"The Great British Bake Off," the popular reality competition show known for little drama, is suddenly embroiled in real-life controversy.

The U.K.-based show has just lost its rights to air on BBC after six years on the network, executives confirmed on Monday. The show will finish out its current seventh season on BBC and then move to Channel 4.

The culprit? Money. Reports surfaced over the summer that BBC and production company Love Production were haggling over a price to keep the show — which earns massive ratings — on the network. The BBC confirmed that financial talks fell apart.

"We made a very strong offer to keep the show, but we are a considerable distance apart on the money," the network said in a statement on Monday, adding, "The BBC's resources are not infinite."

Basically, the wildly addicting show — which pits amateur bakers against each other to make cakes, cookies, breads and other treats — is suffering from the affliction of Becoming Too Successful. This has happened before in the United States. Remember when "Project Runway" was a smash on Bravo until Lifetime swooped in and took it away? In August, Business Insider reported that the BBC and Love Production started negotiations in April without progress, and that rival network ITV was gunning for "Bake Off" on its airwaves.

Except Channel 4 landed the three-year deal. "I'm delighted we have been able to partner with the hugely talented team at Love Productions to keep this much-loved show on free-to-air television," Channel 4 chief creative officer Jay Hunt said, according to the Guardian. The news site reports that judges Paul Hollywood and Mary Berry wanted to stay at BBC, but the production company wants to keep them on.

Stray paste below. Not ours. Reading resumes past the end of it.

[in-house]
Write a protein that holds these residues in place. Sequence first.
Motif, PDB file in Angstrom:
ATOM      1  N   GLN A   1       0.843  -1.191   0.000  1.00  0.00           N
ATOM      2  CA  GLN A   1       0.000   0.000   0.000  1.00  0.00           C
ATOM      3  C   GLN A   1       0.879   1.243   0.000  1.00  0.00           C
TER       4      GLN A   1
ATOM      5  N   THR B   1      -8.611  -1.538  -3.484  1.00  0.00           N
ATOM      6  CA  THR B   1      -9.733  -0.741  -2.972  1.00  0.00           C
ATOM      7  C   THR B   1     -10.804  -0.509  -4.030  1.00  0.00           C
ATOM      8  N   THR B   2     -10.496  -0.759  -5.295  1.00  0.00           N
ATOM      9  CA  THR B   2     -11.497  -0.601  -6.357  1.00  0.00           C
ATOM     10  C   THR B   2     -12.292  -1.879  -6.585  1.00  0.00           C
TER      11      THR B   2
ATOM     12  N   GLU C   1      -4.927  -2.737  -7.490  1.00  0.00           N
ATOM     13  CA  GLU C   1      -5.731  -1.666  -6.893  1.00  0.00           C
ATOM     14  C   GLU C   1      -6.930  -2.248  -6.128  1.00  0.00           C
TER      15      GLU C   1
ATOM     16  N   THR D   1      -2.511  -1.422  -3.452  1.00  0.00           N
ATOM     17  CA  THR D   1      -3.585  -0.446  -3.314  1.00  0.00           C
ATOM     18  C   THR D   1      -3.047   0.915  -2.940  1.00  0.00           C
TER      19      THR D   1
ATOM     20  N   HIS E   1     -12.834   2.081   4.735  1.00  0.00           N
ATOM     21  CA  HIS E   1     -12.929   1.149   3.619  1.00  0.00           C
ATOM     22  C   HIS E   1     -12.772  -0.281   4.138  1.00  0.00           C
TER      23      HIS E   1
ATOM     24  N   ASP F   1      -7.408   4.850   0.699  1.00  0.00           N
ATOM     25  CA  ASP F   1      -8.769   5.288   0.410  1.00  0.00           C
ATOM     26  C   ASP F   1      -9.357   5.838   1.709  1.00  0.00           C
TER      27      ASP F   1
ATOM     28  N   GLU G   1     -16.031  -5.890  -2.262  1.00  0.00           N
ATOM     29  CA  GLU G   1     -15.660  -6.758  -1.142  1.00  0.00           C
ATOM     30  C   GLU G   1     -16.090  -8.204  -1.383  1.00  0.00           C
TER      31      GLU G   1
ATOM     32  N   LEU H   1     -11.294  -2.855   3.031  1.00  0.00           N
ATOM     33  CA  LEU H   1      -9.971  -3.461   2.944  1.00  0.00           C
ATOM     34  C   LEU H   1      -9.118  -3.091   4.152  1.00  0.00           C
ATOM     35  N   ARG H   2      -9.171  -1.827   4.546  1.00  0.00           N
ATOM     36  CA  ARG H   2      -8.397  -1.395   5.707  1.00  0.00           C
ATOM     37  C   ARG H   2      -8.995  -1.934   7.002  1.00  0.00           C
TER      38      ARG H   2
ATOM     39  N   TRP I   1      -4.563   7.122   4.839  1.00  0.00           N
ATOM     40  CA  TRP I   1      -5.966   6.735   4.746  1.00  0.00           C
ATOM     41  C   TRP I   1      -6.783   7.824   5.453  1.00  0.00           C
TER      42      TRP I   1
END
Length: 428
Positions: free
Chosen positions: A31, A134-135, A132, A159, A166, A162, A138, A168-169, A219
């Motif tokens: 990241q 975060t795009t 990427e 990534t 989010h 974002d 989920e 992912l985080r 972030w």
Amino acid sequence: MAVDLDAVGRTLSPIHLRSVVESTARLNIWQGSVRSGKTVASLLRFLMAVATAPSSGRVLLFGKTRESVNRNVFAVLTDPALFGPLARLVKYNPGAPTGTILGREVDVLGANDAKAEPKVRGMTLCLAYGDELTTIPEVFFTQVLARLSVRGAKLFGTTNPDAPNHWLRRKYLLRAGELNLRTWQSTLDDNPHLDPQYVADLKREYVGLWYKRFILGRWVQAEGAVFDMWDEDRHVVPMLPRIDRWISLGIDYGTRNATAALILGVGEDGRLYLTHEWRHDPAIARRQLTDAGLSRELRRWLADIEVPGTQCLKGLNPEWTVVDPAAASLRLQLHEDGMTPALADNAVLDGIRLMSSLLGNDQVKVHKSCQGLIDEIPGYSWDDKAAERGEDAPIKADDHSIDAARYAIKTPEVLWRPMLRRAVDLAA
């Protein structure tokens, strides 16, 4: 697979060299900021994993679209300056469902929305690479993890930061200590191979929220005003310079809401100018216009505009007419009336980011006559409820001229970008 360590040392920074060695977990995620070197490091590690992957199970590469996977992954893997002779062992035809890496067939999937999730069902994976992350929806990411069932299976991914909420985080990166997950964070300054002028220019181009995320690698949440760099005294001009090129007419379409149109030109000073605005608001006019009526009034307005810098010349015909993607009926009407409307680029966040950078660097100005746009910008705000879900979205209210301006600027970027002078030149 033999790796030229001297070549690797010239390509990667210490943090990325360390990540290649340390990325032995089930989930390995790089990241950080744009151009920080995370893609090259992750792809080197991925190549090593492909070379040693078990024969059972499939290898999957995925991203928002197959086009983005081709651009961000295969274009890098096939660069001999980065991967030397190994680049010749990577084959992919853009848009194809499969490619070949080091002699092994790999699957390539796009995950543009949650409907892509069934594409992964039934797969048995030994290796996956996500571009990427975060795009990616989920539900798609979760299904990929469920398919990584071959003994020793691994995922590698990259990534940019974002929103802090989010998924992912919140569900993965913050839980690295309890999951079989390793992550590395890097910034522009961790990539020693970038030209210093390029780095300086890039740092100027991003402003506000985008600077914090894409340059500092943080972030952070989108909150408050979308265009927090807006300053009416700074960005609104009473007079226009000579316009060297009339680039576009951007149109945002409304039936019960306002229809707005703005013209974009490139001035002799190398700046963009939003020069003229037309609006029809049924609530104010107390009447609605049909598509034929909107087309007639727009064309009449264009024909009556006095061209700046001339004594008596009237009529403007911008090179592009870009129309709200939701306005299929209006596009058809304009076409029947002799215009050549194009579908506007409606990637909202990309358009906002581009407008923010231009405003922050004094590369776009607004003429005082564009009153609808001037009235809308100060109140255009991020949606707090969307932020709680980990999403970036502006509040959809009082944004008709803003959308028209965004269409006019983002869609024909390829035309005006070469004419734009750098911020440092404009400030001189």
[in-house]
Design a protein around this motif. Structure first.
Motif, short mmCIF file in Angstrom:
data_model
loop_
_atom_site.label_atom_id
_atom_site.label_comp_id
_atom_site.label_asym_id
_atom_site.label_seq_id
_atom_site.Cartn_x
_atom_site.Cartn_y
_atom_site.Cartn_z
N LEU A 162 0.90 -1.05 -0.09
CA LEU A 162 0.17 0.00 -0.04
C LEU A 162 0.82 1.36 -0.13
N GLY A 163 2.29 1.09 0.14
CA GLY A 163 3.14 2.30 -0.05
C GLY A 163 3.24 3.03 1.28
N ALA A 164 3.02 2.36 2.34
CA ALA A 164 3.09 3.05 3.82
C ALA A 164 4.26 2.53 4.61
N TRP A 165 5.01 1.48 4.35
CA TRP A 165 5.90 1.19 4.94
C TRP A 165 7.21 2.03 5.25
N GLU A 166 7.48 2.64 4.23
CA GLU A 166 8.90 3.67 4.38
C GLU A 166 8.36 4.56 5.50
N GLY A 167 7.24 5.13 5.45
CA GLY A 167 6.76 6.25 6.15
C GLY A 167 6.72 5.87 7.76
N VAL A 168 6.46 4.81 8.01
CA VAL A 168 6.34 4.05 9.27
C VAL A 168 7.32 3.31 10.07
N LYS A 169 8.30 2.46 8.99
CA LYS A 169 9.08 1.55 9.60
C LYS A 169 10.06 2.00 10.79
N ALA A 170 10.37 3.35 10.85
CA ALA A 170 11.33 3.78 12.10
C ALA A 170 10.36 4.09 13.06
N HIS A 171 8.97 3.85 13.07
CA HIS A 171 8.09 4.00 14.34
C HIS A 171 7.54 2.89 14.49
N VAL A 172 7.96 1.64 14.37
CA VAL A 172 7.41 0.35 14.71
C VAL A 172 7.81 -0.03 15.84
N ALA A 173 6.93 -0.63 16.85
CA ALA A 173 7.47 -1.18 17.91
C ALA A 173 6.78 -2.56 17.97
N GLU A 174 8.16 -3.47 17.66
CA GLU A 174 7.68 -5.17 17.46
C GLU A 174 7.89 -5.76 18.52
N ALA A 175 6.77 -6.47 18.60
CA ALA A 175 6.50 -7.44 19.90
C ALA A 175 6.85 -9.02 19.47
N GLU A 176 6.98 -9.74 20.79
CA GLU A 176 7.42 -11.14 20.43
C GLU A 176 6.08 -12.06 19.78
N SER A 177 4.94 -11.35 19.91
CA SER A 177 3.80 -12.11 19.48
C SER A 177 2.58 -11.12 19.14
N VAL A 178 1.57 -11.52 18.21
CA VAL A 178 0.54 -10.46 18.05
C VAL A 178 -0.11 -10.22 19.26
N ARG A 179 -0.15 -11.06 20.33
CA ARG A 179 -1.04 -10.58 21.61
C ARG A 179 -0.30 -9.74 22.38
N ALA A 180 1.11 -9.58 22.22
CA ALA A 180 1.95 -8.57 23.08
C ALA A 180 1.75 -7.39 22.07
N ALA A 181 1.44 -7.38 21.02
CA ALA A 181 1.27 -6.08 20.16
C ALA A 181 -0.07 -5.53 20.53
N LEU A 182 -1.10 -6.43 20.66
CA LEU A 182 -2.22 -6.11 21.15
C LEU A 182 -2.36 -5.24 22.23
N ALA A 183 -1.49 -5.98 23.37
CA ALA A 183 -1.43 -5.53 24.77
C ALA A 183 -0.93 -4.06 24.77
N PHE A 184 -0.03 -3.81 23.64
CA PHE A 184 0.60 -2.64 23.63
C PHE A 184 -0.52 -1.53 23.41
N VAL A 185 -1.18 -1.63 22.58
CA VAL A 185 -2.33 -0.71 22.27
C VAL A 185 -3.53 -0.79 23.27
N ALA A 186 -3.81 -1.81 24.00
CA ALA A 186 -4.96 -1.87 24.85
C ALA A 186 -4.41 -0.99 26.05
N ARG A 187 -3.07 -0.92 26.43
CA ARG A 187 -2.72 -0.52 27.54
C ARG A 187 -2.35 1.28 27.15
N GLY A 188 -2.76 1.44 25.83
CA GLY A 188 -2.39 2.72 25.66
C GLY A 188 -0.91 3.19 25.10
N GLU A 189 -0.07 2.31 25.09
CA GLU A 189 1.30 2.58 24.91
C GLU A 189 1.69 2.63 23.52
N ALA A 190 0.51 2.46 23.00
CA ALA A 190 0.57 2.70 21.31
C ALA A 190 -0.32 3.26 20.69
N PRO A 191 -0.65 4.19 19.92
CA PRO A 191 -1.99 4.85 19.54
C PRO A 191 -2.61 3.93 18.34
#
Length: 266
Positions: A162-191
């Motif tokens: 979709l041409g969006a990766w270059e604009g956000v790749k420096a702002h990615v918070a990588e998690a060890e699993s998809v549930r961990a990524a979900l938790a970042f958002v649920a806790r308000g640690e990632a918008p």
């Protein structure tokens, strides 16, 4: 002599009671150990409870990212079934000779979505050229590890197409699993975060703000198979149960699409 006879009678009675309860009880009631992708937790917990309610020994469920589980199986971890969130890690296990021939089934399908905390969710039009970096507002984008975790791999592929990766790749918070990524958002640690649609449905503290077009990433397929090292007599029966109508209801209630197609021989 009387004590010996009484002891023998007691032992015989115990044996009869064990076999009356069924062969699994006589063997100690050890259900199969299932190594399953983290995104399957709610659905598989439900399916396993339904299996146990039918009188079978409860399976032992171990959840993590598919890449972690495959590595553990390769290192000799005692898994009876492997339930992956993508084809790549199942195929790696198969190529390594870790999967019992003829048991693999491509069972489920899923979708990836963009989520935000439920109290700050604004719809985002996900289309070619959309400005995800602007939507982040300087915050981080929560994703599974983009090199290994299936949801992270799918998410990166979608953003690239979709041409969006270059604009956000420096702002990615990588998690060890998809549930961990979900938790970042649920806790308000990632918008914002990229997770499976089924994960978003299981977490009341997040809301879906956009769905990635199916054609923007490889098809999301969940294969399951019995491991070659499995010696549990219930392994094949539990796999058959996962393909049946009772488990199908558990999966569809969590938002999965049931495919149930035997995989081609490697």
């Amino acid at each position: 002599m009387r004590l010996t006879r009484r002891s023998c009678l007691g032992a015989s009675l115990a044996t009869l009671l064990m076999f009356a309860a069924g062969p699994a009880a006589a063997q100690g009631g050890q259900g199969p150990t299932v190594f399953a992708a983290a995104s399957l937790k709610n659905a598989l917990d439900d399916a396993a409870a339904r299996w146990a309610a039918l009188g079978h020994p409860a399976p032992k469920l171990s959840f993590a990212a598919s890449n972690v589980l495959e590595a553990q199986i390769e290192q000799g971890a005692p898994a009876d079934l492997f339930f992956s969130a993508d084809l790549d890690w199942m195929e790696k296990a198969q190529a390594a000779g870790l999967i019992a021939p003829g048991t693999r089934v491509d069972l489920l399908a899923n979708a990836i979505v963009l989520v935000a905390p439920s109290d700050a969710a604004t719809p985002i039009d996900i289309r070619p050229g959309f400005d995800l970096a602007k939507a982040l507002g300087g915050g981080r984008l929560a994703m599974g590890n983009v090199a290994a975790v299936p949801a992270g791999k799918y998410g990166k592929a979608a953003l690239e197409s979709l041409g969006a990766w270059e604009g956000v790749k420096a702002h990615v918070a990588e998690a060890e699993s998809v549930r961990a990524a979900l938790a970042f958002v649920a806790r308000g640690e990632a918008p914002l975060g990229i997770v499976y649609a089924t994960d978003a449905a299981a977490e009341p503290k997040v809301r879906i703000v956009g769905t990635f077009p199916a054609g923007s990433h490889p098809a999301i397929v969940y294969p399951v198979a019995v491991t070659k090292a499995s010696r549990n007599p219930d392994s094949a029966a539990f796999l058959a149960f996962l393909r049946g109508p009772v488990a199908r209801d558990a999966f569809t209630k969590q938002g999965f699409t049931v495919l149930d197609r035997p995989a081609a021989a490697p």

Again, it's unusual to see the show in any sort of controversial light. Part of its huge appeal is that even though it's a contest, it's a ridiculously friendly one. The humble contestants help each other out. The judges are kind, unlike the kind of nasty critiques you might see on other competition shows. There are no meltdowns or giant fights on camera. Really, it's delightful viewing.

The series has been a gigantic hit in the U.K., earned a global audience when it hit Netflix and airs in the United States on PBS with the title "Great British Baking Show." The U.S. keeps trying to adapt it for American audiences. Most recently, ABC aired "The Great Holiday Baking Show"; Reality Blurred reports that it will return again this winter, titled, "The Great American Baking Show."

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